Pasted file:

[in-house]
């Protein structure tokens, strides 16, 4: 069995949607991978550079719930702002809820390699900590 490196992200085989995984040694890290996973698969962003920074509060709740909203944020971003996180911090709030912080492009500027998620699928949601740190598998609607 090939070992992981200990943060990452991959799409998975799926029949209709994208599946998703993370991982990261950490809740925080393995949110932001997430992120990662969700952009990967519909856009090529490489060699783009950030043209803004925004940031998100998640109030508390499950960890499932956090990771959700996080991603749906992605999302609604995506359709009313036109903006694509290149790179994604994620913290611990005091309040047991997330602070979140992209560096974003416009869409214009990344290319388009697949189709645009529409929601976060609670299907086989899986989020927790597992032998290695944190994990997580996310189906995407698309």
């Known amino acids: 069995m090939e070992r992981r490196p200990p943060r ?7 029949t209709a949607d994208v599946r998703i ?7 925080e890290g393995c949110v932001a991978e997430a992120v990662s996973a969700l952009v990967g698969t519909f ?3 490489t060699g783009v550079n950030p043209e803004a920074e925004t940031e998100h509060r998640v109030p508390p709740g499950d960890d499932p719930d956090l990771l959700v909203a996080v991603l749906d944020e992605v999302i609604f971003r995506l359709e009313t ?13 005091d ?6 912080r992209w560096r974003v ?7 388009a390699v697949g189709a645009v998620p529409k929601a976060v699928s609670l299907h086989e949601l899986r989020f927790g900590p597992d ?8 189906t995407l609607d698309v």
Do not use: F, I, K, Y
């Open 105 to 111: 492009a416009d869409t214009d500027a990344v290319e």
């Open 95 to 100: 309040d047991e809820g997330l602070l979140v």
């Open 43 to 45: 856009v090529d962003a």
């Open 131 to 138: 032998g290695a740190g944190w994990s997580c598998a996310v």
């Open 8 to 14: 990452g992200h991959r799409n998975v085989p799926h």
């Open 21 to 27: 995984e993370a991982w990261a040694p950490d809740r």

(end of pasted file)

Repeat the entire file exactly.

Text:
[in-house]
């Protein structure tokens, strides 16, 4: 069995949607991978550079719930702002809820390699900590 490196992200085989995984040694890290996973698969962003920074509060709740909203944020971003996180911090709030912080492009500027998620699928949601740190598998609607 090939070992992981200990943060990452991959799409998975799926029949209709994208599946998703993370991982990261950490809740925080393995949110932001997430992120990662969700952009990967519909856009090529490489060699783009950030043209803004925004940031998100998640109030508390499950960890499932956090990771959700996080991603749906992605999302609604995506359709009313036109903006694509290149790179994604994620913290611990005091309040047991997330602070979140992209560096974003416009869409214009990344290319388009697949189709645009529409929601976060609670299907086989899986989020927790597992032998290695944190994990997580996310189906995407698309």
């Known amino acids: 069995m090939e070992r992981r490196p200990p943060r ?7 029949t209709a949607d994208v599946r998703i ?7 925080e890290g393995c949110v932001a991978e997430a992120v990662s996973a969700l952009v990967g698969t519909f ?3 490489t060699g783009v550079n950030p043209e803004a920074e925004t940031e998100h509060r998640v109030p508390p709740g499950d960890d499932p719930d956090l990771l959700v909203a996080v991603l749906d944020e992605v999302i609604f971003r995506l359709e009313t ?13 005091d ?6 912080r992209w560096r974003v ?7 388009a390699v697949g189709a645009v998620p529409k929601a976060v699928s609670l299907h086989e949601l899986r989020f927790g900590p597992d ?8 189906t995407l609607d698309v």
Do not use: F, I, K, Y
């Open 105 to 111: 492009a416009d869409t214009d500027a990344v290319e």
């Open 95 to 100: 309040d047991e809820g997330l602070l979140v």
């Open 43 to 45: 856009v090529d962003a």
């Open 131 to 138: 032998g290695a740190g944190w994990s997580c598998a996310v």
């Open 8 to 14: 990452g992200h991959r799409n998975v085989p799926h």
């Open 21 to 27: 995984e993370a991982w990261a040694p950490d809740r």